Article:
Anglo-Saxon tribes of Britain. It is derived from their having lived in one of a variety of similarly-named places. Settlements named Woolstone are in Buckinghamshire and Devon. Wolstan is a parish in Warwickshire and Woolston is a hamlet in Somerset. The surname Walastoom belongs to the large category of Anglo-Saxon habitation names, which are derived from pre-existing names for towns, villages, parishes, or farmsteads.
Early Origins of the Walastoom family
Lancashire at Woolstone, a township, in the parish and union of Warrington, hundred of West Derby. Saint Walstan (or Walston) (died 1016) dedicated his life to farming and the care of farm animals and is accordingly the patron saint of farms, farmers, farmhands, ranchers and husbandrymen. "[Bawburgh, or Babur in Norfolk] is distinguished as the birthplace of St. Walstan; he lived at Taverham, where he died in 1016, and his remains were removed hither, and enshrined in a chapel in the parish church. The resort of pilgrims to visit his shrine greatly enriched the vicar and officiating priests, who, in 1309, rebuilt the church; but the chapel in which the remains of the saint were deposited was demolished in the reign of Henry VIII." CITATION[CLOSE]
Lewis, Samuel, A Topographical Dictionary of England. Institute of Historical Research, 1848, Print.
Early History of the Walastoom family
Another 159 words (11 lines of text) covering the years 1579, 1465, 1535, 1594, 1668 and 1733 are included under the topic Early Walastoom History in all our PDF Extended History products and printed products wherever possible.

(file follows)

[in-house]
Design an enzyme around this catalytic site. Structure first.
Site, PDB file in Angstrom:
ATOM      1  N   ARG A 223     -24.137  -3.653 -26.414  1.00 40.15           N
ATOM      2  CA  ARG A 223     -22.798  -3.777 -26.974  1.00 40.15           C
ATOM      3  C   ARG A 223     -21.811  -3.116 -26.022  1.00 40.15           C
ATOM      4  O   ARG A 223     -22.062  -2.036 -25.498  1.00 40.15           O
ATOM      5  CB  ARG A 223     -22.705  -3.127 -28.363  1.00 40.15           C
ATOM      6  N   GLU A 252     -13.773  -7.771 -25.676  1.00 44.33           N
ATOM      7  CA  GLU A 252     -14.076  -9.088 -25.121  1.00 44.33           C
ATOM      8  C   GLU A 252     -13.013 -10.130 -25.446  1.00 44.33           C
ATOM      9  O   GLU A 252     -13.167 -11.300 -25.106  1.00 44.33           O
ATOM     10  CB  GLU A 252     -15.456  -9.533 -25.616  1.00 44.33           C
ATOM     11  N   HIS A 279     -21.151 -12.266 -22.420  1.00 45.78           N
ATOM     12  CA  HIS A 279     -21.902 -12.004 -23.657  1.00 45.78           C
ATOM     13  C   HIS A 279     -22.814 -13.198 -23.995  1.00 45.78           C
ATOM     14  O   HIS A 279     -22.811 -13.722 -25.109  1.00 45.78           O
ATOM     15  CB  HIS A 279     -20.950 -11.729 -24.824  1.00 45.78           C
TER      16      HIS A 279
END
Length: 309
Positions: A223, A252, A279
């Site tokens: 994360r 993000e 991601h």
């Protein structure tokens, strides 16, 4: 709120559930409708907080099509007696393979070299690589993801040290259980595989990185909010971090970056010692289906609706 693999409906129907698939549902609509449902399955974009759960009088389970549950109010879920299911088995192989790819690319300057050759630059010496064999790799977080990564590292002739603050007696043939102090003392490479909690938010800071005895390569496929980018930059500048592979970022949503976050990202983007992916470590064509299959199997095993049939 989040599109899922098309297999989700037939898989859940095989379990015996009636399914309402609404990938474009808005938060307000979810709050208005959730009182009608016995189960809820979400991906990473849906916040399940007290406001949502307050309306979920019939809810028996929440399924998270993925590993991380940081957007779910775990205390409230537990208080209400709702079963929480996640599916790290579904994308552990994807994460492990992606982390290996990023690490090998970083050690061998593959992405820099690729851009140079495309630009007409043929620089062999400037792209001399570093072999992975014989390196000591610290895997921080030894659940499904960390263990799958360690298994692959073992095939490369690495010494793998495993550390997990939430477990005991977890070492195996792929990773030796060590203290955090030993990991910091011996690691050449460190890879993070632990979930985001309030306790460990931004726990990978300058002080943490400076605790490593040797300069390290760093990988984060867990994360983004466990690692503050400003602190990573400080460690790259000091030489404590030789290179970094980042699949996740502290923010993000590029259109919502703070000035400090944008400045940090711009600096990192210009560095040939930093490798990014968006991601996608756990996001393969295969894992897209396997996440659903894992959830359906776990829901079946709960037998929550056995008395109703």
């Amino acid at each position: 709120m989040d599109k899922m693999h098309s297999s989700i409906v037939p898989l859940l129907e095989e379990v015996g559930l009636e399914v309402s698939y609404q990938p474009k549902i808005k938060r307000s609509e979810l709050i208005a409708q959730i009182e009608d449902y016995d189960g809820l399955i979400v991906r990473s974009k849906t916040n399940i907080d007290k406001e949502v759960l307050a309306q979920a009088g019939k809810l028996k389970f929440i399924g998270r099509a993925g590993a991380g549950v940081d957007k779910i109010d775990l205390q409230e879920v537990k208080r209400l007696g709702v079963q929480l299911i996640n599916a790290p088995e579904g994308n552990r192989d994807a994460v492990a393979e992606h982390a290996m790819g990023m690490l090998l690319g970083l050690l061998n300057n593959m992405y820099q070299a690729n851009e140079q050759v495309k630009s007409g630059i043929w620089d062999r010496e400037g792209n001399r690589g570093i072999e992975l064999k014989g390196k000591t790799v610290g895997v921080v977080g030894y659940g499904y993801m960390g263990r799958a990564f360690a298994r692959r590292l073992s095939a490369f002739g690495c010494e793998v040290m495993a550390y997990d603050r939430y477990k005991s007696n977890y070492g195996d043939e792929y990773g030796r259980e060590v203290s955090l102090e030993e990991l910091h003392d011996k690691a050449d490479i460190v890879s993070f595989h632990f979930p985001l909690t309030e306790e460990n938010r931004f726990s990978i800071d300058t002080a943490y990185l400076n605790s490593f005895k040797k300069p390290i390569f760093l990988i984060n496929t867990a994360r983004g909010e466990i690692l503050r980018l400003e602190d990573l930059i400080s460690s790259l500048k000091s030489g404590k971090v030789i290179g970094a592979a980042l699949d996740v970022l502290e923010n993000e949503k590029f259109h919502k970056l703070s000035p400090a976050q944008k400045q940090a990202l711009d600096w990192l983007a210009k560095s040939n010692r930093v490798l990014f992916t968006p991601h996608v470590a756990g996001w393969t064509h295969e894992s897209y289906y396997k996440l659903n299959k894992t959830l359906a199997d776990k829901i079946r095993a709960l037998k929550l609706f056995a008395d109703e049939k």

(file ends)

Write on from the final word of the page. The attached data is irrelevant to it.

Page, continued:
Walastoom Spelling Variations
spelling variations under which the name Walastoom has appeared include Woolston, Woolton, Wolston and others.
Early Notables of the Walastoom family (pre 1700)
Another 29 words (2 lines of text) are included under the topic Early Walastoom Notables in all our PDF Extended History products and printed products wherever possible.
Migration of the Walastoom family to the New World and Oceana
At this time, the shores of the New World beckoned many English families that felt that the social climate in England was oppressive and lacked opportunity for change. Thousands left England at great expense in ships that were overcrowded and full of disease. A great portion of these settlers never survived the journey and even a greater number arrived sick, starving, and without a penny. The survivors, however, were often greeted with greater opportunity than they could have experienced back home. These English settlers made significant contributions to those colonies that would eventually become the United States and Canada. An examination of early immigration records and passenger ship lists revealed that people bearing the name Walastoom arrived in North America very early: John Woolston settled in New Castle, Delaware in 1677; and moved in the same year to New Jersey; William Woolton settled in Virginia in 1639.
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